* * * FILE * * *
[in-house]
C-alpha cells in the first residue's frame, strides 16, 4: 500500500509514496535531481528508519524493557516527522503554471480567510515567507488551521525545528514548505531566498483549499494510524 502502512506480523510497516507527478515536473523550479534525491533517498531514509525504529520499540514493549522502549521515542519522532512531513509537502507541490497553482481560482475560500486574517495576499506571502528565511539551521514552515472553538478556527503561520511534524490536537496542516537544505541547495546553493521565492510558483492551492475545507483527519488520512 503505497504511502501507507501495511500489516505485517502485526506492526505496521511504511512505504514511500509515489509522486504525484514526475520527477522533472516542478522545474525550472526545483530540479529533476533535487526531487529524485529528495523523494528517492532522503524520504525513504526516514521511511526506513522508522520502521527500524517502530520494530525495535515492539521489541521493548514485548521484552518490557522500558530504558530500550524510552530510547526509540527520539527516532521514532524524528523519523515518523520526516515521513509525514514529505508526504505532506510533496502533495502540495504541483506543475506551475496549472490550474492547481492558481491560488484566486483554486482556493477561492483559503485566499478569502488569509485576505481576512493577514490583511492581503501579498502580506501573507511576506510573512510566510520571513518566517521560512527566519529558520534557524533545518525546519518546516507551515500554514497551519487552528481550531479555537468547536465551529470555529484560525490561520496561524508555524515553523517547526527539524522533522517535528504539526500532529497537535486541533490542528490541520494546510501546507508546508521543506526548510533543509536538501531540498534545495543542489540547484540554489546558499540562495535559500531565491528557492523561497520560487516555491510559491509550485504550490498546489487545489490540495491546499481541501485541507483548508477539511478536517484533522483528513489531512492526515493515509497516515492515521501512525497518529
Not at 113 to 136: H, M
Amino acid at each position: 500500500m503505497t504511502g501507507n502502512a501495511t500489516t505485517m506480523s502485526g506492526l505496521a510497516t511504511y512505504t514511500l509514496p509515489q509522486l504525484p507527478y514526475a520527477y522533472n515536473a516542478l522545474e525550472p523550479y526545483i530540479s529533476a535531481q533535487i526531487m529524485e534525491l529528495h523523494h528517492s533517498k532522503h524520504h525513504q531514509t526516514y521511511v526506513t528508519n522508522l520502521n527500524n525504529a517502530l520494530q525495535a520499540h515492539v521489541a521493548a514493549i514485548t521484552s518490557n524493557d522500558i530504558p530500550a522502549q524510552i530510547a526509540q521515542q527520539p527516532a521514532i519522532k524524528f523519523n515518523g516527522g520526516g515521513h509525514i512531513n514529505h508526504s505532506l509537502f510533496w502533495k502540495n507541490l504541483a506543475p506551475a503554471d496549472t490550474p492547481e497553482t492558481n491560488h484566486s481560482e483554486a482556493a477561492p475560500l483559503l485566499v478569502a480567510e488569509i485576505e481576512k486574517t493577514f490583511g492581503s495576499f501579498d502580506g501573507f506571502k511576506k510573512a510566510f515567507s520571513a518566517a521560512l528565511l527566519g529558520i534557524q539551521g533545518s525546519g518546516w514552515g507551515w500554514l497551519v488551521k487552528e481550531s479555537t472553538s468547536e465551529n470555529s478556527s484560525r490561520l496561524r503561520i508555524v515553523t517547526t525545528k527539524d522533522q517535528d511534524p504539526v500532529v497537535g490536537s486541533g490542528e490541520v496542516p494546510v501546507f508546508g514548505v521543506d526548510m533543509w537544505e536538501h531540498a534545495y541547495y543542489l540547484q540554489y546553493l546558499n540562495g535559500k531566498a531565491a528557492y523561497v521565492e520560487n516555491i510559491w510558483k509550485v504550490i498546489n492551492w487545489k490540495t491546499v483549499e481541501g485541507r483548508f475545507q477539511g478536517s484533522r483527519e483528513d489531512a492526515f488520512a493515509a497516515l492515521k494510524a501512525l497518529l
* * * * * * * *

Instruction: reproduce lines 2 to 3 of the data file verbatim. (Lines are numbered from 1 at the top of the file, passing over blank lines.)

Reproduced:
C-alpha cells in the first residue's frame, strides 16, 4: 500500500509514496535531481528508519524493557516527522503554471480567510515567507488551521525545528514548505531566498483549499494510524 502502512506480523510497516507527478515536473523550479534525491533517498531514509525504529520499540514493549522502549521515542519522532512531513509537502507541490497553482481560482475560500486574517495576499506571502528565511539551521514552515472553538478556527503561520511534524490536537496542516537544505541547495546553493521565492510558483492551492475545507483527519488520512 503505497504511502501507507501495511500489516505485517502485526506492526505496521511504511512505504514511500509515489509522486504525484514526475520527477522533472516542478522545474525550472526545483530540479529533476533535487526531487529524485529528495523523494528517492532522503524520504525513504526516514521511511526506513522508522520502521527500524517502530520494530525495535515492539521489541521493548514485548521484552518490557522500558530504558530500550524510552530510547526509540527520539527516532521514532524524528523519523515518523520526516515521513509525514514529505508526504505532506510533496502533495502540495504541483506543475506551475496549472490550474492547481492558481491560488484566486483554486482556493477561492483559503485566499478569502488569509485576505481576512493577514490583511492581503501579498502580506501573507511576506510573512510566510520571513518566517521560512527566519529558520534557524533545518525546519518546516507551515500554514497551519487552528481550531479555537468547536465551529470555529484560525490561520496561524508555524515553523517547526527539524522533522517535528504539526500532529497537535486541533490542528490541520494546510501546507508546508521543506526548510533543509536538501531540498534545495543542489540547484540554489546558499540562495535559500531565491528557492523561497520560487516555491510559491509550485504550490498546489487545489490540495491546499481541501485541507483548508477539511478536517484533522483528513489531512492526515493515509497516515492515521501512525497518529
Not at 113 to 136: H, M